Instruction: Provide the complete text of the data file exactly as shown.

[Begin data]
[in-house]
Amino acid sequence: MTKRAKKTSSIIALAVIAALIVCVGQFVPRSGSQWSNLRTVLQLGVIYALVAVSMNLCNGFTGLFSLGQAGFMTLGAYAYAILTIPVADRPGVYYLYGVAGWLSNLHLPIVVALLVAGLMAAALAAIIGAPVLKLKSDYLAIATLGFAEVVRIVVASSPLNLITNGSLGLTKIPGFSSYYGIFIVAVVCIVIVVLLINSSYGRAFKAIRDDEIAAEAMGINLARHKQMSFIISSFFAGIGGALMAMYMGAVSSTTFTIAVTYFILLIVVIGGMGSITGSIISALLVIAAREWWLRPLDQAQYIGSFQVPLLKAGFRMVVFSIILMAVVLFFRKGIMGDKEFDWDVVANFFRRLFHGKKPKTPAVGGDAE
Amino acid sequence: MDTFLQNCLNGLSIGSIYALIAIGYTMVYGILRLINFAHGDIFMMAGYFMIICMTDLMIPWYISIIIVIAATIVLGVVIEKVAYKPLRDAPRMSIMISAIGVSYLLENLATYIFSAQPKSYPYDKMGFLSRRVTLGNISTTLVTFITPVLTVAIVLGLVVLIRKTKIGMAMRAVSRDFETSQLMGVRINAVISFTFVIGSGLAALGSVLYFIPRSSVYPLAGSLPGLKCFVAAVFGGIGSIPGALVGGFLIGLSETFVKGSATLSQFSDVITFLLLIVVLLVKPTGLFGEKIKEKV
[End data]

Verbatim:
[in-house]
Amino acid sequence: MTKRAKKTSSIIALAVIAALIVCVGQFVPRSGSQWSNLRTVLQLGVIYALVAVSMNLCNGFTGLFSLGQAGFMTLGAYAYAILTIPVADRPGVYYLYGVAGWLSNLHLPIVVALLVAGLMAAALAAIIGAPVLKLKSDYLAIATLGFAEVVRIVVASSPLNLITNGSLGLTKIPGFSSYYGIFIVAVVCIVIVVLLINSSYGRAFKAIRDDEIAAEAMGINLARHKQMSFIISSFFAGIGGALMAMYMGAVSSTTFTIAVTYFILLIVVIGGMGSITGSIISALLVIAAREWWLRPLDQAQYIGSFQVPLLKAGFRMVVFSIILMAVVLFFRKGIMGDKEFDWDVVANFFRRLFHGKKPKTPAVGGDAE
Amino acid sequence: MDTFLQNCLNGLSIGSIYALIAIGYTMVYGILRLINFAHGDIFMMAGYFMIICMTDLMIPWYISIIIVIAATIVLGVVIEKVAYKPLRDAPRMSIMISAIGVSYLLENLATYIFSAQPKSYPYDKMGFLSRRVTLGNISTTLVTFITPVLTVAIVLGLVVLIRKTKIGMAMRAVSRDFETSQLMGVRINAVISFTFVIGSGLAALGSVLYFIPRSSVYPLAGSLPGLKCFVAAVFGGIGSIPGALVGGFLIGLSETFVKGSATLSQFSDVITFLLLIVVLLVKPTGLFGEKIKEKV